I would have preferred a few more charms and brighter colors in the bracelet
Clearance Item: Final Sale, No Returns, Coupons do not apply
Well. We've heard this story before: Dashing officer leaves mother of his children for a younger girl. Add to it the complications of war, occupation and religions and you know this love triangle is particularly doomed. But (spoilers) love conquers all... sort of.
It has been a pleasure to delve into this story bout love, anguish and fury against a background of clashing cultures at the request of many customers who connect with Bellini's Norma in a special way!
Each bead and charm of the Norma Opera Bracelet represents a character or moment from the work. Some of the most important beads and charms are described below and you can see all of the symbolic descriptions on the spiral chart photo above or to the left. Also, a story chart explaining the symbolism of the beads and charms accompanies every bracelet. Click here to see the chart.
- I chose opalescent beads and crystals to represent Chief Druid Oroveso, High Priestess Norma and Priestess Adalgisa, inspired by white as the Druids’ sacred color.
- A tree charm indicates the temple of Irminsul, a column or in its most ancient days, a sacred Oak. A gunmetal bead indicates the battle the Gauls (blue beads) seek a blessing upon.
- Beads with Druidic/Celtic knots indicate breaks between scenes or acts.
- Pollione is a gold bead to indicate his position as Roman Proconsul. A pale blue heart (threaded reversed/ upside down) is the love he once had for Norma which has faded. A pink glass heart is the fresh romantic love he has for Adalgisa.
- A dark oval cats eye symbolizes Pollione’s dreams which foretell doom for their love. I like to use cats eye to indicate vision or foresight.
- Green beads and white pearls represent the leaves and berries of the sacred mistletoe.
- A charm with a woman’s face and crescent moon symbolizes the famous aria “Casta Diva”, in which Norma prays to the goddess simultaneously for peace and the return of Pollione’s love (large crystal heart).
- Beads indicate Adalgisa’s sadness (blue teardrop) that she has broken her vows of chastity through love (clear crackled heart). Pollione’s solution is to escape to Rome (Colosseum charm).
- Norma recalls how she broke her own vows through love (red heart); a red twisted oval indicates her fury on discovering her own lover Pollione is also Adalgisa’s lover. It is used a second time when Norma hears that Pollione threatens to abduct Adalgisa.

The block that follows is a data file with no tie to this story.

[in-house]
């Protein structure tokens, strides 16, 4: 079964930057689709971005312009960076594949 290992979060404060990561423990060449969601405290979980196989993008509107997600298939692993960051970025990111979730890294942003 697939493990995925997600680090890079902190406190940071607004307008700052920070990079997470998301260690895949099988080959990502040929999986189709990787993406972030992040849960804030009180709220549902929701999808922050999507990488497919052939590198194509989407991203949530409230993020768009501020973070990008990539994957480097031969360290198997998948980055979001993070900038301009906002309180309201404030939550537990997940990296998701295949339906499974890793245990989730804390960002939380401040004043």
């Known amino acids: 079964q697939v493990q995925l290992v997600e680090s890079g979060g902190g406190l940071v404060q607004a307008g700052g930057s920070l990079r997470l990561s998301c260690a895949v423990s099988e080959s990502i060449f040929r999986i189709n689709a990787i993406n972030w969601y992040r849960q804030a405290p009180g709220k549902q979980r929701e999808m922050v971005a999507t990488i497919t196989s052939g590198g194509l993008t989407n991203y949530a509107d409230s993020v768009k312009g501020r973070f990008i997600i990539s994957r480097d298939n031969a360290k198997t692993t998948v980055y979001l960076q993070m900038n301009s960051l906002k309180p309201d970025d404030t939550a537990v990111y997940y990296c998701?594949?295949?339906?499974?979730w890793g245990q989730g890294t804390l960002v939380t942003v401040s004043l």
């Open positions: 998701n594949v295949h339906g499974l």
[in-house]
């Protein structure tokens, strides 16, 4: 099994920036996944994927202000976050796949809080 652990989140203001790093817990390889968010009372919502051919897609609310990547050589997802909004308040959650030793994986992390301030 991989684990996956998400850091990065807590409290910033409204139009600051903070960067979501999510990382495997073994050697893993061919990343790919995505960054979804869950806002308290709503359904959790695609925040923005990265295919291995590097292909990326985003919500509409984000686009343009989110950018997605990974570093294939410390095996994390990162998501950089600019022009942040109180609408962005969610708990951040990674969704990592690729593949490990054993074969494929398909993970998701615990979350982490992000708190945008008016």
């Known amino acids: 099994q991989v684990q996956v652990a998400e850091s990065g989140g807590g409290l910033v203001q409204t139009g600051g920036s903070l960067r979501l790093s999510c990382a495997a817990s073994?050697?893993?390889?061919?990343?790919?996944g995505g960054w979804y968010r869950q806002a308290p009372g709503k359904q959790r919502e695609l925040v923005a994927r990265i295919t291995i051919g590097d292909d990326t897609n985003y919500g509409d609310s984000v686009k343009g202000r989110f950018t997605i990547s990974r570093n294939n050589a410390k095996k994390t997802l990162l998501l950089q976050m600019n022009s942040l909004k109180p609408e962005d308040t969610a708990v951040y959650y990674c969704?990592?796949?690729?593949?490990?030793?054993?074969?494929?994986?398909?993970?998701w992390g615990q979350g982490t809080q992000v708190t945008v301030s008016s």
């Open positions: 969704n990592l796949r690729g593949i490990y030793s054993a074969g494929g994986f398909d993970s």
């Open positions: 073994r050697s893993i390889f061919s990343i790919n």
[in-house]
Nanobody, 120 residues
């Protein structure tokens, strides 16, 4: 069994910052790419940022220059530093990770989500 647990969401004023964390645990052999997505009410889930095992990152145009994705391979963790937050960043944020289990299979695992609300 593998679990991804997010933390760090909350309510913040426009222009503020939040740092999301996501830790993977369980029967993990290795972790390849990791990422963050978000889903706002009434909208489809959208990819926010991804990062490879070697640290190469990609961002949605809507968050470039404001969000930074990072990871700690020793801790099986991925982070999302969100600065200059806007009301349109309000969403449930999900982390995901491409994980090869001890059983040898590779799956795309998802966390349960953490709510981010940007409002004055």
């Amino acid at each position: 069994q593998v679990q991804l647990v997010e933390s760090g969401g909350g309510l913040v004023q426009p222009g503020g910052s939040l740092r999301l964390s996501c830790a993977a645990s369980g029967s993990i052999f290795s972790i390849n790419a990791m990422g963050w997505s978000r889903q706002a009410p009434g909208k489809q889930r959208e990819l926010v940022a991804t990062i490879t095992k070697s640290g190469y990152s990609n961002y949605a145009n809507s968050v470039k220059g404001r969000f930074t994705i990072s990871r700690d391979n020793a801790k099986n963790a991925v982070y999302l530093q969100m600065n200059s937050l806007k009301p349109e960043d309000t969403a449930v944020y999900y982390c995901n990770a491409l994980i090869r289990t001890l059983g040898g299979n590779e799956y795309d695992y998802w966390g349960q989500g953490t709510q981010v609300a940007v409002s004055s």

- A black flat crystal indicates Adalgisa’s rejection of Pollione. He threatens to tear down Irminsul (oak leaf charm).
- Norma’s children are gold crystals reflecting that their father is Pollione. Norma considers slaying them (dagger) but relents through love; I chose a clear glass heart to represent their innocence.
- Adalgisa feels the solution is to reunite Norma and Pollione (reprisal of red heart bead); But she will stay with Norma in any case. A bead with two floating flowers is their duet “Si fino all'ore estreme, compagna tua m'avrai”.
- Clotilde is a pink opal bead. She announces that Adalgisa has failed to renew Pollione’s love for Norma (reprisal of blue reversed heart bead). A clear disc indicates Adalgisa’s final vows as a priestess.
- A larger gunmetal bead symbolizes Norma calling the eager Gauls to battle. A red droplet is the sacrifice that must be made to bless their attack.
- A black bead is Norma’s threat to Pollione to kill Adalgisa and their children.
- The crackled clear heart bead is used again to indicate a priestess who has broken her vows of chastity…this time it is Norma.
- A blue teardrop now represents Oroveso’s stunned sadness. The clear heart is Norma’s final plea that he care for her children.
- The red and orange crystals symbolize the sacrificial fire, a red crystal heart is the moment when Pollione joins Norma in the flames where they are united in eternal love.
All of her opera bracelets are top quality work and great mementos for singers who have made careers singing in the particular operas the bracelets represent. I have given my wife five now to commemorate her successes in roles in those operas. She loves them!